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Resistance Aim: my main aim is to investigate the factors that affect the resistance in a conductor, in which here I am using a nichrome wire.3 star(s)
What we know about current already is that it is nothing but the rate of flow; however when the temperature rises the atoms also vibrate in their own balance more forcefully impending the flow of electric charges due to more frequent collisions. More electrons are available to conduct the current in the wire. Collision with lattice ions is less frequent. The current increases and the resistance decreases. However, the cross-section area will also have an effect, as the larger this is, the more charge can pass through it at the same time as it passes through a given length.
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This will give me a larger group of data than if I just increased one of them. I will need to use the preliminary tests to work out the gaps I will be increasing them by. Hypothesis I predict that, the length of the wire will be proportional to the resistance; therefore if the length of wire gets longer the resistance will get greater. My prediction is that the shorter the wire the higher current will be and the longer the wire the lower the current will be at each voltage section.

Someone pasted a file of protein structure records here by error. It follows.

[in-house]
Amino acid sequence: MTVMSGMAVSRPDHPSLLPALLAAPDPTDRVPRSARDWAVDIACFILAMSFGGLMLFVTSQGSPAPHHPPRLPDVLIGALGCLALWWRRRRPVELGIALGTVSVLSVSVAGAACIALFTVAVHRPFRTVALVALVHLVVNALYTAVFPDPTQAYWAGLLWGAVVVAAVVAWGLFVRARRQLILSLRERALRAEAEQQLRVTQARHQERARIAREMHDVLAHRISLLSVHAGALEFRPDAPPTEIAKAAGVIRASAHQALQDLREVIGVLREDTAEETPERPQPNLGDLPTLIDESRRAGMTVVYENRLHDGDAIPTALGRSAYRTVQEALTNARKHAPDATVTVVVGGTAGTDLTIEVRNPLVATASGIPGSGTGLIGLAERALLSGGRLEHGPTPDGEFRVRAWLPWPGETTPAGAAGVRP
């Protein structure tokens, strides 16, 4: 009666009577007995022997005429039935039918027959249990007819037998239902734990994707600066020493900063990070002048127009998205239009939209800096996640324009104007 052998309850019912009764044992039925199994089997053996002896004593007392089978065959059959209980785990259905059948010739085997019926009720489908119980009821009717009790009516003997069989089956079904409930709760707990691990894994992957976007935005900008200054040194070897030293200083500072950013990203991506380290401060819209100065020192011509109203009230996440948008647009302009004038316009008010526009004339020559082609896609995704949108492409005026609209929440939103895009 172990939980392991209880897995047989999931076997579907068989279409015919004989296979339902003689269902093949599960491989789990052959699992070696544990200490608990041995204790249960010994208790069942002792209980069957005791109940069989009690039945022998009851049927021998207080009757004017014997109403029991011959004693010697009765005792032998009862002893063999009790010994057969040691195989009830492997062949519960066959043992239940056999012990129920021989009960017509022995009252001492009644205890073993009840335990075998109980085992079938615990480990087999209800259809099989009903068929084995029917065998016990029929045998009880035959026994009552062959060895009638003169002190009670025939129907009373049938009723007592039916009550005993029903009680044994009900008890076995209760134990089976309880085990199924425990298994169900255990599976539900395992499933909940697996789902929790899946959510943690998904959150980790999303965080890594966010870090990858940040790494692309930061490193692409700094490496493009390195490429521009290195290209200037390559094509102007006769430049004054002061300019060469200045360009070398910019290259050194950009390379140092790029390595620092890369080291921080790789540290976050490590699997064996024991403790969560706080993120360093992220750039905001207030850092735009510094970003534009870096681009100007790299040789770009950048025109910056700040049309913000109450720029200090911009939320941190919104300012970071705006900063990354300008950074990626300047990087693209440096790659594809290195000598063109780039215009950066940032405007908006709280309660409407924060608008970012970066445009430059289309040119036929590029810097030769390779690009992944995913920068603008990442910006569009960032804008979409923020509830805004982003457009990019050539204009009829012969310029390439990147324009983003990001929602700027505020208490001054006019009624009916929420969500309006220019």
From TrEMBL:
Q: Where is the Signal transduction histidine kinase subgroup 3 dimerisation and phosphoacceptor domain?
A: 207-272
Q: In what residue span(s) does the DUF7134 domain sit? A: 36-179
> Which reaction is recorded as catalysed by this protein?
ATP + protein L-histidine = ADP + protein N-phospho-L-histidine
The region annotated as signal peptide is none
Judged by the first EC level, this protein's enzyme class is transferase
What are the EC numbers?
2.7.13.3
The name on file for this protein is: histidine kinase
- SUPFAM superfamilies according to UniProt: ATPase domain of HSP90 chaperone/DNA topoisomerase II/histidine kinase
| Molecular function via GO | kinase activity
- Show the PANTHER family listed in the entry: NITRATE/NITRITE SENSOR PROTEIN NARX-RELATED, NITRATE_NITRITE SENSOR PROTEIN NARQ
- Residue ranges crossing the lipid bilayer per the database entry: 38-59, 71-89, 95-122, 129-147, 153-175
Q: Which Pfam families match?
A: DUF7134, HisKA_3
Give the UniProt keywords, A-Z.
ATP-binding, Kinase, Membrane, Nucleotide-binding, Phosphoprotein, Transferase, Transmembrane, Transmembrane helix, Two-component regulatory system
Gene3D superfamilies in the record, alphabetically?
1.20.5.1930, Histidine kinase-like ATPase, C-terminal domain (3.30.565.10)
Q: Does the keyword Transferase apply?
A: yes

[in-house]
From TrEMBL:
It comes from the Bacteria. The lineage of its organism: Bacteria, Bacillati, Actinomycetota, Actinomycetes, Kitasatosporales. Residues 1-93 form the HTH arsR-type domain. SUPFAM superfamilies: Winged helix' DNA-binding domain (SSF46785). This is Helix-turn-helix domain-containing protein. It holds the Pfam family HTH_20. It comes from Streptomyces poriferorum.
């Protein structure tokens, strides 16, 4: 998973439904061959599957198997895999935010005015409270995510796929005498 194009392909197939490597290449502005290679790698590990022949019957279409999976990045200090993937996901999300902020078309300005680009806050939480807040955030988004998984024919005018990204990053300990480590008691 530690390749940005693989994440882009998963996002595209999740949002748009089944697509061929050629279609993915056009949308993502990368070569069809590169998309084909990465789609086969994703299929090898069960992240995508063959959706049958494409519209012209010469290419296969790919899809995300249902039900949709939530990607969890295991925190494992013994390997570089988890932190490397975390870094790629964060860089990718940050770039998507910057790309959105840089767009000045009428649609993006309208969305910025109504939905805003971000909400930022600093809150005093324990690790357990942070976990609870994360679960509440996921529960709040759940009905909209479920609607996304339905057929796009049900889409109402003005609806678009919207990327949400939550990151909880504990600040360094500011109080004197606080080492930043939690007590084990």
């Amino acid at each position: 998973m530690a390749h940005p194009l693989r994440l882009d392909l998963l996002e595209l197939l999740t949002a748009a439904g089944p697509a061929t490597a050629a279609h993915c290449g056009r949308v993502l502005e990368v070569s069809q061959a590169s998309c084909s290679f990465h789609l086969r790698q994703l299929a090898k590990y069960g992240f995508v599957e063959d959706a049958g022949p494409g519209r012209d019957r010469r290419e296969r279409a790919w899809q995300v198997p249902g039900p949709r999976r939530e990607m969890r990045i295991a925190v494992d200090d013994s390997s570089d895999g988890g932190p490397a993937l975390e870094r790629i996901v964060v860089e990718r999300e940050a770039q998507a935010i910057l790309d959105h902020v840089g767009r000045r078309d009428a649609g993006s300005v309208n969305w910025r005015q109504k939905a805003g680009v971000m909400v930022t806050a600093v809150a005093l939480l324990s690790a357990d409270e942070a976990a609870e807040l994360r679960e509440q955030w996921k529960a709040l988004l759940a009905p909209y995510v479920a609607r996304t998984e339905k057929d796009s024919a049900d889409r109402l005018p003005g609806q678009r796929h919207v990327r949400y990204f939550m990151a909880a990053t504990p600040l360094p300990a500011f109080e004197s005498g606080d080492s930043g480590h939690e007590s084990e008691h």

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This is because; the air trapped between two turns forms an insulating barrier that doesn't allow the passage of current, if the distance was more. > Strength of the electric current: To make an electromagnet function correctly electricity has to be passed through it. Therefore if the current is increase the strength of the magnet will increase and vice versa. > Number of turns of the coil: If the number of turns on the solenoid is increased then the strength of the magnet is increased and vice versa.